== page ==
1. What is the
significance of the novel's title? Talk
about the imagery of flight. How is it
represented throughout the story?
2. How do the chapter titles relate both to
scientific concepts as well as the events
that unfold within each chapter itself?
3. Describe Dellarobia. How is she of this
mountain town in
and how is she different from it? How are
she and her family connected to the land
and to nature itself? How are they
disconnected? How does this shape their
viewpoints? How does she describe herself?
Do you agree with her self-assessment?
4. Talk about the characters names—Dellarobia,
, Cordelia, Dovey, Ovid Byron, Cub, Bear,
Hester. How does the author's choice of
nomenclature suit her characters? When you
first meet these characters, including
Pastor Bobby, what were your first
impressions? Were your notions about them
challenged as the story progressed?
5. Describe the small town in
where Dellarobia lives. What are the people
like? Are they familiar to you? What is
everyday life like for them? What are their
major joys and concerns? How you strike a
balance between protecting nature when your
livelihood depends upon its destruction?
6. Talk about Della's relationships with
the various people in her life: Cub,
Hester, Pastor Bobby, Dovey, Ovid Byron.
What do her experiences teach her about
herself and life?
7. How does Della react when she first sees
the Monarchs? What greater meaning do the
butterflies hold for her? How is she like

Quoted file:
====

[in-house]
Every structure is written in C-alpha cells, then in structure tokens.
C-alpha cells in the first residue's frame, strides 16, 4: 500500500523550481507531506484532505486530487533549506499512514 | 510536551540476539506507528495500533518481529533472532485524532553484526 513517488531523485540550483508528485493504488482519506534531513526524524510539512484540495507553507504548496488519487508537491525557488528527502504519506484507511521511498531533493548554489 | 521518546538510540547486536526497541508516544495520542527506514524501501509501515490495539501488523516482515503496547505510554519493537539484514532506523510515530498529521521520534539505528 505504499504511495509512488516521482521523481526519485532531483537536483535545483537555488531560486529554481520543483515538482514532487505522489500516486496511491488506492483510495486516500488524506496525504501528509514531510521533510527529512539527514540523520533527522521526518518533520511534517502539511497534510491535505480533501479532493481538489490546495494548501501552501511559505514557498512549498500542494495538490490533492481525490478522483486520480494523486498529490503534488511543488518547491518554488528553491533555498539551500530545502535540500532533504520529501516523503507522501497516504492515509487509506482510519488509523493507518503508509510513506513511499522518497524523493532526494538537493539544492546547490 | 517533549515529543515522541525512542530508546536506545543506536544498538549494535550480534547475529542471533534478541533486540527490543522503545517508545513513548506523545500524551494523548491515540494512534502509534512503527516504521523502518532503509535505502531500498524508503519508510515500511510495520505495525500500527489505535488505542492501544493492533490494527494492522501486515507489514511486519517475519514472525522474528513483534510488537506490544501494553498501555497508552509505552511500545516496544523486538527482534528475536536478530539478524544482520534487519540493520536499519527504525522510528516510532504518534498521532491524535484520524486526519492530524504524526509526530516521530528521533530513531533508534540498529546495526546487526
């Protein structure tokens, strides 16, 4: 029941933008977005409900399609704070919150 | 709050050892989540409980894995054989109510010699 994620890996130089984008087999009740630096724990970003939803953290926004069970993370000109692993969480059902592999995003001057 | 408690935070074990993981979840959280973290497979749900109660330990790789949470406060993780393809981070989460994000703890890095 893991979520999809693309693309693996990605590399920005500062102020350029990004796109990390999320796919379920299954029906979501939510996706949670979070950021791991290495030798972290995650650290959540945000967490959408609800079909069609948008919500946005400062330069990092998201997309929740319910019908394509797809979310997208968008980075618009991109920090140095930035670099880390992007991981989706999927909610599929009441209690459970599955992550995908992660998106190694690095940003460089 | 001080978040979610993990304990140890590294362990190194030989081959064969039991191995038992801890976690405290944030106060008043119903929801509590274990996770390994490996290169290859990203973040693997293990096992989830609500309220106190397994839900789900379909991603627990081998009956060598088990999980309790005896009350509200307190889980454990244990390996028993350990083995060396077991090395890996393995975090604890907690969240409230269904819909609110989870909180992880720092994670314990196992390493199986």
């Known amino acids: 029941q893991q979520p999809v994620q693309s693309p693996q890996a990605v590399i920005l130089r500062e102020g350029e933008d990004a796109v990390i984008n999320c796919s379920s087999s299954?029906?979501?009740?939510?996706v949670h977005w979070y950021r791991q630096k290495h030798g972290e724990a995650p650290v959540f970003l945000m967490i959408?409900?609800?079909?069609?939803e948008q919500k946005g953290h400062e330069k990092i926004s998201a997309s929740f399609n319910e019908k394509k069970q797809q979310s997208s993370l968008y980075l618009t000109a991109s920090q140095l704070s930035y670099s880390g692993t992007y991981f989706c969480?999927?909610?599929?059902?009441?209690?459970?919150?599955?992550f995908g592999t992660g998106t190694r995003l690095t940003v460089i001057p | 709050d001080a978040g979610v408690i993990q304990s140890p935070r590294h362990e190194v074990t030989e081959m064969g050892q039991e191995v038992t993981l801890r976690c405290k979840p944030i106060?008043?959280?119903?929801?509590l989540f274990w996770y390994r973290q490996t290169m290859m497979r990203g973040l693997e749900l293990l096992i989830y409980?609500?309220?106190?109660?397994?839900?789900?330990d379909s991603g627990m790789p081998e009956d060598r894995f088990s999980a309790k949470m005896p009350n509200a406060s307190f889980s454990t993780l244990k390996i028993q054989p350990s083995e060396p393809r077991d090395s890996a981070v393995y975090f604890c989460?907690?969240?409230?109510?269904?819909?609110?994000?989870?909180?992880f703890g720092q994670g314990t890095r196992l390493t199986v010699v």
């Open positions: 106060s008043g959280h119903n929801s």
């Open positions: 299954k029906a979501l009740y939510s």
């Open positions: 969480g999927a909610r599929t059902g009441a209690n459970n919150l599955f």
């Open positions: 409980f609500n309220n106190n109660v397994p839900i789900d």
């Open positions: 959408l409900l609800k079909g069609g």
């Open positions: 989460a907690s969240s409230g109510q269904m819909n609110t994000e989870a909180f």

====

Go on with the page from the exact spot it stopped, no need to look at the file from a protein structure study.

the butterflies? How does finding them
transform her life? Were the butterflies a
8. As news of her discovery spreads, what
are the reactions of her in-laws and her
neighbors? How do they view Della? What are
their impressions of the scientists and
tourists who descend upon their remote
9. What does Dellarobia think about her new
friends, and especially Ovid Byron? What
about the scientists—how do they view
people like Della, her family, and her
neighbors? Does either side see they other
10. Cub and his father, Bear, want to sell
the patch of forest where the Monarchs are
to a lumber company for clear-cutting. What
ramifications would this have, not only for
the butterflies but for Della's family and
her town? Why is it often difficult for
people see the long-term effects of their
immediate actions? Cub doesn't consider
conserving nature to be his problem. What
might you say to convince him otherwise?
Adapted from: httphttp://www.litlovers.com/reading-guides/13-fiction/8988-flight-behavior-kingsolver?start=3